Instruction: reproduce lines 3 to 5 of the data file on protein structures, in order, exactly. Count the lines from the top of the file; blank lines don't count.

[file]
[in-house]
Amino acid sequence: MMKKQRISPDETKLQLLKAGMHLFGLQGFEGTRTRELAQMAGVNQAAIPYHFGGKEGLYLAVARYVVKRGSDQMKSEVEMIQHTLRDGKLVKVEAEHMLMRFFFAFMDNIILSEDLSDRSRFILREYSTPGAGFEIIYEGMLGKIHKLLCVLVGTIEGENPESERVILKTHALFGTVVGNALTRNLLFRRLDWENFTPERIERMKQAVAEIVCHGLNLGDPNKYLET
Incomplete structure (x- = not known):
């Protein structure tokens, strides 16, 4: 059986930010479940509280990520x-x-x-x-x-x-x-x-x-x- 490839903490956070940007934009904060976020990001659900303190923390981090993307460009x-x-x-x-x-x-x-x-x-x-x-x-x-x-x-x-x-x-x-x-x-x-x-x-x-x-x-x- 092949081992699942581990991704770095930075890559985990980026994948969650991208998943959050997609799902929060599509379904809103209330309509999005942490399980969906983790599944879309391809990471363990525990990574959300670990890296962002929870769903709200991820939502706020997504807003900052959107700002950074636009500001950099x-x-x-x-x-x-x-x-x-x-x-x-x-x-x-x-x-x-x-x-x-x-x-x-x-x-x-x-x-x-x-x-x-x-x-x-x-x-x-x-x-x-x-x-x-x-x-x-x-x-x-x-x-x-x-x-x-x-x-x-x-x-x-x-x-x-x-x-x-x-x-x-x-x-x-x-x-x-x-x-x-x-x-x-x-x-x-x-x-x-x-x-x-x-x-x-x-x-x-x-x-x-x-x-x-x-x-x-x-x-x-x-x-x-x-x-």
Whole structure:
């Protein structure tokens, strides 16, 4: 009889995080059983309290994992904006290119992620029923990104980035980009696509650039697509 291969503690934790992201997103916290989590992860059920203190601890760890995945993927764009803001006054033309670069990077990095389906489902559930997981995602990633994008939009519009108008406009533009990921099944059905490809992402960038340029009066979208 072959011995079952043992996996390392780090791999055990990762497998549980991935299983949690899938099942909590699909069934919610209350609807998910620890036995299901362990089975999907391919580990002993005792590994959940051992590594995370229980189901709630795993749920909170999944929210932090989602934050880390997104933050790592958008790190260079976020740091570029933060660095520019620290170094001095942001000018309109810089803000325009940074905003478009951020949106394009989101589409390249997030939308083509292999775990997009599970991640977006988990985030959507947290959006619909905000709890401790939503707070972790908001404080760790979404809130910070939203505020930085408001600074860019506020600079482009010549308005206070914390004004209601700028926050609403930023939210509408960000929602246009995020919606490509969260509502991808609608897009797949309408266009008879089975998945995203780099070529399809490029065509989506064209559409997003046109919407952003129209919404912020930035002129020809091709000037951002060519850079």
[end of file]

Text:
Incomplete structure (x- = not known):
């Protein structure tokens, strides 16, 4: 059986930010479940509280990520x-x-x-x-x-x-x-x-x-x- 490839903490956070940007934009904060976020990001659900303190923390981090993307460009x-x-x-x-x-x-x-x-x-x-x-x-x-x-x-x-x-x-x-x-x-x-x-x-x-x-x-x- 092949081992699942581990991704770095930075890559985990980026994948969650991208998943959050997609799902929060599509379904809103209330309509999005942490399980969906983790599944879309391809990471363990525990990574959300670990890296962002929870769903709200991820939502706020997504807003900052959107700002950074636009500001950099x-x-x-x-x-x-x-x-x-x-x-x-x-x-x-x-x-x-x-x-x-x-x-x-x-x-x-x-x-x-x-x-x-x-x-x-x-x-x-x-x-x-x-x-x-x-x-x-x-x-x-x-x-x-x-x-x-x-x-x-x-x-x-x-x-x-x-x-x-x-x-x-x-x-x-x-x-x-x-x-x-x-x-x-x-x-x-x-x-x-x-x-x-x-x-x-x-x-x-x-x-x-x-x-x-x-x-x-x-x-x-x-x-x-x-x-």
Whole structure: